Let's just get on with the reviews shall we. In March my 3 planned reads were:
12 Years a Slave by Solomon Northup, Definitely Dead by Charlaine Harris, and Run or Die by Killian Jornet.
I started off with Kilian Jornet's Run or Die. I must admit I was a bit disappointed with this. I really enjoy reading tales of men and women who undertake extreme challenges - a great example of this being Cheryl Strayed, whose book "Wild" I read last month (http://emeraldcottage.blogspot.co.uk/2015/03/a-year-in-books-2015-february-march.html) and really enjoyed. Sadly Run or Die wasn't as inspiring. Yes, Kilian has run a lot of extreme distance races, and for that I applaud him, but a writer he is not. The book was only mildly interesting, more like a series of race reviews, which were all a bit samey, and with occasional brief interludes about his childhood and how he became an extreme runner. The book meandered around, and so I think, for me, it just lacked direction. Sorry Kilian. Fair play to you for all the running though :)
Next up was "Definitely Dead", the 6th book in the Sookie Stakhouse series by Charlaine Harris. You'll know from my previous reviews that the Sookie Stackhouse books are kind of silly, fun, supernatural vampire frivolity. I've enjoyed all the books immensely, however with Definitely Dead I do have a mini grumble. In this book the author refers back to events which happened, chronologically, between the previous book, Dead as a Doornail, and this one. Events which were not included in either book. I spent ages flicking back, wondering if I'd missed a chapter, then I thought I had missed an entire book, and finally I turned to Mr Google who told me that the intervening events had been included in a short story that wasn't considered part of the series. What ???? Eh ????? To be fair it's possible that the short story was by a different publisher or something, and so couldn't be referenced in the main books, but, whatever the reason, it was bloomin' annoying. Luckily I found the short story "One Word Answer", again by asking Mr Google, and I was able to read it online, thereby filling in the gaps. Otherwise, Definitely Dead was as much silly, vampire, nonsene, fun as usual. I thoroughly enjoyed it :) Just don't say I didn't warn you about the extra story.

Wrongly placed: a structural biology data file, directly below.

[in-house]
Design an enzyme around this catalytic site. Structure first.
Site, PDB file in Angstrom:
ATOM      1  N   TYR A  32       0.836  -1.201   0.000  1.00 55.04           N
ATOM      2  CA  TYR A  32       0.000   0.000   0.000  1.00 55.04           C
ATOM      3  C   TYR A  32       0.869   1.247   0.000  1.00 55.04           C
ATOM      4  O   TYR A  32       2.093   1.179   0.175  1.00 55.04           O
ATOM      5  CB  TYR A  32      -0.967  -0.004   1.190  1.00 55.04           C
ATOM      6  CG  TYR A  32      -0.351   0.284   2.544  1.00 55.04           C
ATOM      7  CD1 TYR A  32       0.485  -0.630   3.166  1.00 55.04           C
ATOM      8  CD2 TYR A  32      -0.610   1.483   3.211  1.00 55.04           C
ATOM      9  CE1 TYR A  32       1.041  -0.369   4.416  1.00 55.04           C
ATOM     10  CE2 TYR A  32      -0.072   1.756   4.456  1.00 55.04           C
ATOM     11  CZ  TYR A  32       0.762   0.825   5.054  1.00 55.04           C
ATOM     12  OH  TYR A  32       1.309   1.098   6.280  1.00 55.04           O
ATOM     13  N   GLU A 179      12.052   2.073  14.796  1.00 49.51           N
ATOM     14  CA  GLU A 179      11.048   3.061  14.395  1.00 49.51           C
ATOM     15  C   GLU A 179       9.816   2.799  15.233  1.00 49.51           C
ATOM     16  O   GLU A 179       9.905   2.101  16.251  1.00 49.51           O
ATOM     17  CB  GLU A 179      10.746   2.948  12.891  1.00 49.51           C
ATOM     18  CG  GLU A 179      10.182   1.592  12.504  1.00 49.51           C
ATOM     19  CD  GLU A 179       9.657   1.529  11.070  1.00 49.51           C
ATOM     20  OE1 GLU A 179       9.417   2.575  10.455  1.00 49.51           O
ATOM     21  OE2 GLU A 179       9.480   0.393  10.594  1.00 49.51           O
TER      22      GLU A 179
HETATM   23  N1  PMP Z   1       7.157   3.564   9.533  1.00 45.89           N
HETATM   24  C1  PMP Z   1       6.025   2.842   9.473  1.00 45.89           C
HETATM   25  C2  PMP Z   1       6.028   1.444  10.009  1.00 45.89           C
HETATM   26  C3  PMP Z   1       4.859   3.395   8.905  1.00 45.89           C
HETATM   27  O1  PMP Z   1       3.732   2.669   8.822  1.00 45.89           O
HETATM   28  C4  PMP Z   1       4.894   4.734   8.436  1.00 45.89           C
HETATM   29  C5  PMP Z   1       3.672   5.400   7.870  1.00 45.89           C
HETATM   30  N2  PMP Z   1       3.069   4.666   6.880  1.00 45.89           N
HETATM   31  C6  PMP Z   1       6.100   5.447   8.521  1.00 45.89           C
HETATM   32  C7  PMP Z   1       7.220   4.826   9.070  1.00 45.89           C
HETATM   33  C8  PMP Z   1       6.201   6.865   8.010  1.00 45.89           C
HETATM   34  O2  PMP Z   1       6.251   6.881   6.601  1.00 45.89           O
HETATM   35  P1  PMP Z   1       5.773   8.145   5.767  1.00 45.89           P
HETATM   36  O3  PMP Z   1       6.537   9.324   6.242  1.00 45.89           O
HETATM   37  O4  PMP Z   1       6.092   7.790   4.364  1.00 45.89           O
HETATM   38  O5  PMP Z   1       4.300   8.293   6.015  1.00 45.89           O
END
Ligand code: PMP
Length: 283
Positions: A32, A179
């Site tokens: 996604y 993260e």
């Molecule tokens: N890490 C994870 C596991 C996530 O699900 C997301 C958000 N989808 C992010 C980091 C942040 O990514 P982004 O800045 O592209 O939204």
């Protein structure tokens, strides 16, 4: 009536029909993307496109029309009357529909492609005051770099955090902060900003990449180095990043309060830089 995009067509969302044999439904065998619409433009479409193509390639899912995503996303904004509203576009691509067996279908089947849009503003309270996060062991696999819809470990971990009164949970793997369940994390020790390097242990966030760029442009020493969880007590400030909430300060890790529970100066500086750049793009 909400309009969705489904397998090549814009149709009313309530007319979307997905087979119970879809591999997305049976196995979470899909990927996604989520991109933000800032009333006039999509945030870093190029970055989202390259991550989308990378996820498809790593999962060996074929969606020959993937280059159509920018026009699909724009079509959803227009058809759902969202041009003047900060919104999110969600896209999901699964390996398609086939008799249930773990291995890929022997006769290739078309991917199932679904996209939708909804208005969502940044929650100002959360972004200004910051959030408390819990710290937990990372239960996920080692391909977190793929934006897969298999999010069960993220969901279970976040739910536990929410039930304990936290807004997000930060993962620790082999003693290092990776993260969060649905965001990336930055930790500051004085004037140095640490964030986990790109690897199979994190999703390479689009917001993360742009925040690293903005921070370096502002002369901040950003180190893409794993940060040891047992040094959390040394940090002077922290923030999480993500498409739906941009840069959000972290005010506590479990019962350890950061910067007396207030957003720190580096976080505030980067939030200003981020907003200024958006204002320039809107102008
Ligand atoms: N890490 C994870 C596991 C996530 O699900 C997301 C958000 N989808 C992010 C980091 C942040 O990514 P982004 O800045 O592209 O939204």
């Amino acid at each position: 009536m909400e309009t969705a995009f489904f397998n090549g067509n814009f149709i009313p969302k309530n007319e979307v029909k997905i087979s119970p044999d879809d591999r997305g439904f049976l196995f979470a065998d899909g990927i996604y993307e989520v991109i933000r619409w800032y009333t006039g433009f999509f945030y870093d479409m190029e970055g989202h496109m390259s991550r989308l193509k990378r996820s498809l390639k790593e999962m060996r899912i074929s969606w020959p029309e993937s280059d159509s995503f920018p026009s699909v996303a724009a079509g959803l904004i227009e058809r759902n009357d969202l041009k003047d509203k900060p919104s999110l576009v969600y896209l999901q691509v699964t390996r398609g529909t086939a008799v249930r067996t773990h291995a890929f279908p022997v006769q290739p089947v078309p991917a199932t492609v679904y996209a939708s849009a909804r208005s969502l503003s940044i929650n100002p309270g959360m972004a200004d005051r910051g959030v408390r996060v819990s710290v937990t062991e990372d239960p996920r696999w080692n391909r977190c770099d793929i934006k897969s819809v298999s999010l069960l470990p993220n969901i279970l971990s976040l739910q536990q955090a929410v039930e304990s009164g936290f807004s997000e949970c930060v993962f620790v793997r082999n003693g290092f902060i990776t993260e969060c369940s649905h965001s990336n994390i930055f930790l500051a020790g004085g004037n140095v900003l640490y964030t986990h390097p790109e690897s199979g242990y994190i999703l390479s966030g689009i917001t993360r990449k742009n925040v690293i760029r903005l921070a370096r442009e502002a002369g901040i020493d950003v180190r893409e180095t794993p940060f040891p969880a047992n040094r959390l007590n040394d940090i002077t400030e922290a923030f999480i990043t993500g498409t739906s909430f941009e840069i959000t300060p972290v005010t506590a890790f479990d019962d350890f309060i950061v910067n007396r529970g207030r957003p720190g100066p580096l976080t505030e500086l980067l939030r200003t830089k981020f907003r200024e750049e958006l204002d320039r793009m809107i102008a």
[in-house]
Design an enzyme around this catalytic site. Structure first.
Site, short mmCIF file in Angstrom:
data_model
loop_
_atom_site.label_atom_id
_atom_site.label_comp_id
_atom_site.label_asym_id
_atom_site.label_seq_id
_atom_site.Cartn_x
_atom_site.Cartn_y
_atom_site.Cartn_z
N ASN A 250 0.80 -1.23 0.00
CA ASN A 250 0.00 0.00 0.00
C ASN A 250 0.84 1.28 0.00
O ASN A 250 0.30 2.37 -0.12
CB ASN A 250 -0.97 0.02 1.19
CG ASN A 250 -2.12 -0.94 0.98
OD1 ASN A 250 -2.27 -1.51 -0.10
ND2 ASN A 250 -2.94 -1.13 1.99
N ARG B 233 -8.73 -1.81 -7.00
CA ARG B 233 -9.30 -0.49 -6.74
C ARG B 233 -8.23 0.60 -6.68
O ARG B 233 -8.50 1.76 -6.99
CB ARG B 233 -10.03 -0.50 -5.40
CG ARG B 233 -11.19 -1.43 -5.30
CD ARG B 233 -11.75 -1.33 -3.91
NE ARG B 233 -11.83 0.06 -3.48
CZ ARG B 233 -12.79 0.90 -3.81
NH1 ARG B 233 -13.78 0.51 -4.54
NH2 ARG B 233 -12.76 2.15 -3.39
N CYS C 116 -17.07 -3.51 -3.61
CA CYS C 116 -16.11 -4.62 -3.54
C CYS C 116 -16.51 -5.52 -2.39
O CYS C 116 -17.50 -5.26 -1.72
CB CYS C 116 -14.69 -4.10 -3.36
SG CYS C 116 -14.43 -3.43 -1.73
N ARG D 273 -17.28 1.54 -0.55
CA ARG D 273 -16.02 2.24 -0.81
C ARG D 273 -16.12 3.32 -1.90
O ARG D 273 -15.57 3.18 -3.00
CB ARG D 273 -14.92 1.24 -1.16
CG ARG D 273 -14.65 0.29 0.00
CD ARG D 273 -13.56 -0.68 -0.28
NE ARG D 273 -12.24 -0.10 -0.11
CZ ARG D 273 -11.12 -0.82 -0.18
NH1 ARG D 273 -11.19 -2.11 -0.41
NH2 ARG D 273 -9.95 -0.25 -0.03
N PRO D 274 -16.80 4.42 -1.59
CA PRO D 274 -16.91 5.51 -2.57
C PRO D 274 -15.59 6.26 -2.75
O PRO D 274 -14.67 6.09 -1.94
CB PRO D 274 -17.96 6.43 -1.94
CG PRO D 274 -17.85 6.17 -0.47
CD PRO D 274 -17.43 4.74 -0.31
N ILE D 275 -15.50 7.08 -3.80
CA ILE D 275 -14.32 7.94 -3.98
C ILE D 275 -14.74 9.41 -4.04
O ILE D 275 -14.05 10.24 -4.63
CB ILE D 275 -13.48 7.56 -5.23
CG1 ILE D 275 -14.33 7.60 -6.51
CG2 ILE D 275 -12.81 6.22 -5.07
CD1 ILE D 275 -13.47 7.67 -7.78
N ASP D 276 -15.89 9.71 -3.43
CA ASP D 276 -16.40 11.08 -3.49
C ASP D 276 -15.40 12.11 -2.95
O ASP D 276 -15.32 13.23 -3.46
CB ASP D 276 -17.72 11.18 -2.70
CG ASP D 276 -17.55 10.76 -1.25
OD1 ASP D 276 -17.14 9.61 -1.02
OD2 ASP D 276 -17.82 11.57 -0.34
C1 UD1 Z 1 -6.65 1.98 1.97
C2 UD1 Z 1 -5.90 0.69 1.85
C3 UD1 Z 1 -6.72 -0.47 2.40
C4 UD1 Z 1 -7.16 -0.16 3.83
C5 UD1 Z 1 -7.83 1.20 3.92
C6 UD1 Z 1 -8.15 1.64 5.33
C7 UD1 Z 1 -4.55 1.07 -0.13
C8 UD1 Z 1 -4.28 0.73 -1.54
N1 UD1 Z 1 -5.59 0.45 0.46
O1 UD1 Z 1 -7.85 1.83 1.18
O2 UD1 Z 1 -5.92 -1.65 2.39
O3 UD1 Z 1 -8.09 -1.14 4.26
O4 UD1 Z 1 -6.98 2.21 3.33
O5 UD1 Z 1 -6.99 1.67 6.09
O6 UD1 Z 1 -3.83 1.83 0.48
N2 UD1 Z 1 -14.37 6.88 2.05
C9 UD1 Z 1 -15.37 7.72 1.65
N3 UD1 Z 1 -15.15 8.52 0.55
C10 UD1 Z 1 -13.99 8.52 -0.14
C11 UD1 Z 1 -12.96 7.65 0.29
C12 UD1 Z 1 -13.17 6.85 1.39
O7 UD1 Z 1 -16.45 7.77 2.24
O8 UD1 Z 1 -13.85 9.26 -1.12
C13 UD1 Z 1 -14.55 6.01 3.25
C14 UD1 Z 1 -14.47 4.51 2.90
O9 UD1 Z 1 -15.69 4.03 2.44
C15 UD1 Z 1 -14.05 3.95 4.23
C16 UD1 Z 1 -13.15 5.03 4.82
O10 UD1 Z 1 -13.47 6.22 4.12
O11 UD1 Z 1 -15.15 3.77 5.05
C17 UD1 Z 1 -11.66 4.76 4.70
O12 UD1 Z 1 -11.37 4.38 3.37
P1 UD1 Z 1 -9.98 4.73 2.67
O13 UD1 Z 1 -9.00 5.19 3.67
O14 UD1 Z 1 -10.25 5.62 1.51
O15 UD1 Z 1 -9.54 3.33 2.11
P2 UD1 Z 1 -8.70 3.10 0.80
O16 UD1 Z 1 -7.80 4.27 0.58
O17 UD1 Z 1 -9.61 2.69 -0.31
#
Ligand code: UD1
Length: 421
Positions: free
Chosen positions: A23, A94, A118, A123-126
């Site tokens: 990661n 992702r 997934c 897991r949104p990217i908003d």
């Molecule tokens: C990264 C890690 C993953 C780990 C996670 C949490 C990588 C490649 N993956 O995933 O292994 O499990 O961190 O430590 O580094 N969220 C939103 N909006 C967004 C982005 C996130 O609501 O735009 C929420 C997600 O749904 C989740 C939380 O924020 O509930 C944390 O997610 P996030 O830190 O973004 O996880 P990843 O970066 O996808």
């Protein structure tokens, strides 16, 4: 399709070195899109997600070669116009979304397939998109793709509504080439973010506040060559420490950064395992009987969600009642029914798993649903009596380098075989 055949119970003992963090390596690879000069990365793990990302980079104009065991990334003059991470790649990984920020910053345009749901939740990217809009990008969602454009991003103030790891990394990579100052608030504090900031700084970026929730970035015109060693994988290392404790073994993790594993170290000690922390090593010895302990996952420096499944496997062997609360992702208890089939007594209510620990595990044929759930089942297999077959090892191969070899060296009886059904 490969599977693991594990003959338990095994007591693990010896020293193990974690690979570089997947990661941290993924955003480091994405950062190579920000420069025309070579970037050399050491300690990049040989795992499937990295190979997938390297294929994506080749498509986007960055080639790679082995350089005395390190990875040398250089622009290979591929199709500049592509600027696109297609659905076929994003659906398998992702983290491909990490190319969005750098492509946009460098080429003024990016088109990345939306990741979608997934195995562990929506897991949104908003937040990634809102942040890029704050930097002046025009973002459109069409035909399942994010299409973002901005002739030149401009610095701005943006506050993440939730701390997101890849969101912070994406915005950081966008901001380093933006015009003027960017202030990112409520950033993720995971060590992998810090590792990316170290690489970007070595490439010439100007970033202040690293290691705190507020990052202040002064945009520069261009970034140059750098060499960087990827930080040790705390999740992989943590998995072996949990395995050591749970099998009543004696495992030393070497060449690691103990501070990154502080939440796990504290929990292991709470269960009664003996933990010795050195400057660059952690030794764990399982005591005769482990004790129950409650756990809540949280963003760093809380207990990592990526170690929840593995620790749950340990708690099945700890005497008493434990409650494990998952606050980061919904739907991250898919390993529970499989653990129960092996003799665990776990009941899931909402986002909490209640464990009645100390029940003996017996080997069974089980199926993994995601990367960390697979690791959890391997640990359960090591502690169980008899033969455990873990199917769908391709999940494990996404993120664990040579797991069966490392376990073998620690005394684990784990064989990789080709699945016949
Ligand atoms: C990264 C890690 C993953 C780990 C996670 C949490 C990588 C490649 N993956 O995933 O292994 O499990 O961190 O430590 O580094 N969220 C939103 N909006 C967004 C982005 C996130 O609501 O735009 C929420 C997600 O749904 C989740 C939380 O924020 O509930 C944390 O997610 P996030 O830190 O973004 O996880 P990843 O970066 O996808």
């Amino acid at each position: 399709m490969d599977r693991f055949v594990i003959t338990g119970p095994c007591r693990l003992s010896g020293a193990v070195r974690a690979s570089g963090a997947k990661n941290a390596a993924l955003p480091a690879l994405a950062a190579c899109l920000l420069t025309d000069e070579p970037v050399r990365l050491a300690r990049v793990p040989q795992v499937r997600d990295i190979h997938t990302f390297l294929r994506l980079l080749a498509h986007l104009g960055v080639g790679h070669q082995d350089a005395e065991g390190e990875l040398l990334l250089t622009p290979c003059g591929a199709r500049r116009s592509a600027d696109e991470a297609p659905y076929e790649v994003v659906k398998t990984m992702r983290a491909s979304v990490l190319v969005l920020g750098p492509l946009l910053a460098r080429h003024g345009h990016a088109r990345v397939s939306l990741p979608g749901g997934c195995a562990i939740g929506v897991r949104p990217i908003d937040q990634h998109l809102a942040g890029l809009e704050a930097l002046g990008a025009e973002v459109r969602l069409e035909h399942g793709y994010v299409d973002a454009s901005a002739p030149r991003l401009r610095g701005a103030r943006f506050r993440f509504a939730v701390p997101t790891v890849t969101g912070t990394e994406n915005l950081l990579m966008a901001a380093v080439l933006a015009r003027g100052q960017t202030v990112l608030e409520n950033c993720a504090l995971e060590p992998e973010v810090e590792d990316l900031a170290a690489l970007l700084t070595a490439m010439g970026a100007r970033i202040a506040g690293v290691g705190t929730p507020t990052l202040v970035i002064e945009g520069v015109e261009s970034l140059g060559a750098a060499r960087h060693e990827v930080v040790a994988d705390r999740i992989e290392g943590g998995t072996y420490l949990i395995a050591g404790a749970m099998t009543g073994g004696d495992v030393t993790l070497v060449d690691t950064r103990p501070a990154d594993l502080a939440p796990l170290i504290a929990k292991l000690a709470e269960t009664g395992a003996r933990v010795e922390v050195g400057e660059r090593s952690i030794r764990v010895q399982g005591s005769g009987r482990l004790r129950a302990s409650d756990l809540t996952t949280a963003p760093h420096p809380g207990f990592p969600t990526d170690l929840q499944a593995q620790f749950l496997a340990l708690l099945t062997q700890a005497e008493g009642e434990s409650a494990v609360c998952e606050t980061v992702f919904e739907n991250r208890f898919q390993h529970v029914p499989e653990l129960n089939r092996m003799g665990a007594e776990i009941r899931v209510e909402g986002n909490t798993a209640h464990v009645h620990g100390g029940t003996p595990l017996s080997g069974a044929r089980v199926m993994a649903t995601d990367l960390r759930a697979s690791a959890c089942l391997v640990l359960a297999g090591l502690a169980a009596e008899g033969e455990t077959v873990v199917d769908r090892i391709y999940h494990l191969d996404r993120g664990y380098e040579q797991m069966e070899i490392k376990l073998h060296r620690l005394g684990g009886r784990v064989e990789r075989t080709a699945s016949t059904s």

Finally, I read "12 Years a Slave" by Solomon Northup. I knew that a film had been made of this and I really wanted to read the book first. What I didn't realise was that the book was written in the mid 1800's and is the true memoirs of Solomon Northup's own experience. Knowing that now, I feel, well, stupid, to be honest. I had thought that the book was a work of fiction only based upon fact, and when I started reading it I really didn't like the olde-worlde language in which it's written. How completely ignorant do I feel now, realising that the language is reminiscent of a time gone by because it was written in a time gone by. Anyway, so now that I've got that sort of confession out of the way, I can talk about the book. What is there to say..... It's amazing in a terrible, awful way. Solomon Northup was born a free man, in New York state, but was essentially kidnapped as a young man, and sold into slavery. The desperate events that happened to Northup, and of course many many many others like him, are just unbelivevably cruel, harsh, unfair, merciless. There aren't words to describe the atrocities that slaves endured. I'm ashamed to say I've never taken the time to think about the real lives of slaves and how appallingly they were treated. I know that makes me sound like a modern day spoilt brat, I don't think I am, well not any more than the average person, but this book was a real eye-opener. Of course I've always thought, known, that slavery is just plain wrong, but I had no idea how bad things really were. Once I got used to the language and style of writing, I couldn't put this book down. I was so desperate for Platt (as Solomon was renamed) to escape from slavery and be re-united with his family. Having read the book I'm not sure that I want to see the film. It won't be a light-hearted movie, that's for sure. 12 Years a Slave is one of those books that I think everyone should read. It's very humbling and I'm thankful every day that I have the freedom that Solomon lacked for such a large part of his life, for no other reason than having different coloured skin.
In April (what's left of it!) I'm planning to read (and have indeed made an excellent start upon) The Ice Balloon by Alec Wilkinson. This is the story of S.A.Andree, the swedish explorer who, in the late 1800's, attempted to be the first man to fly a hot-air balloon over the North Pole. Slightly bonkers, right ?! Then of course there will be the 7th Sookie Stackhouse book, "All Together Dead", another supernatural romp I'm sure :) And finally my kindle choice for April is Lucy Diamond's "Sweet Temptation"; the front cover describes it as "a story of love, friendship, calories and cake", I'm hoping for a light-hearted easy read.
That's it for now, see you soon for April's reviews, erm, next week I suppose :)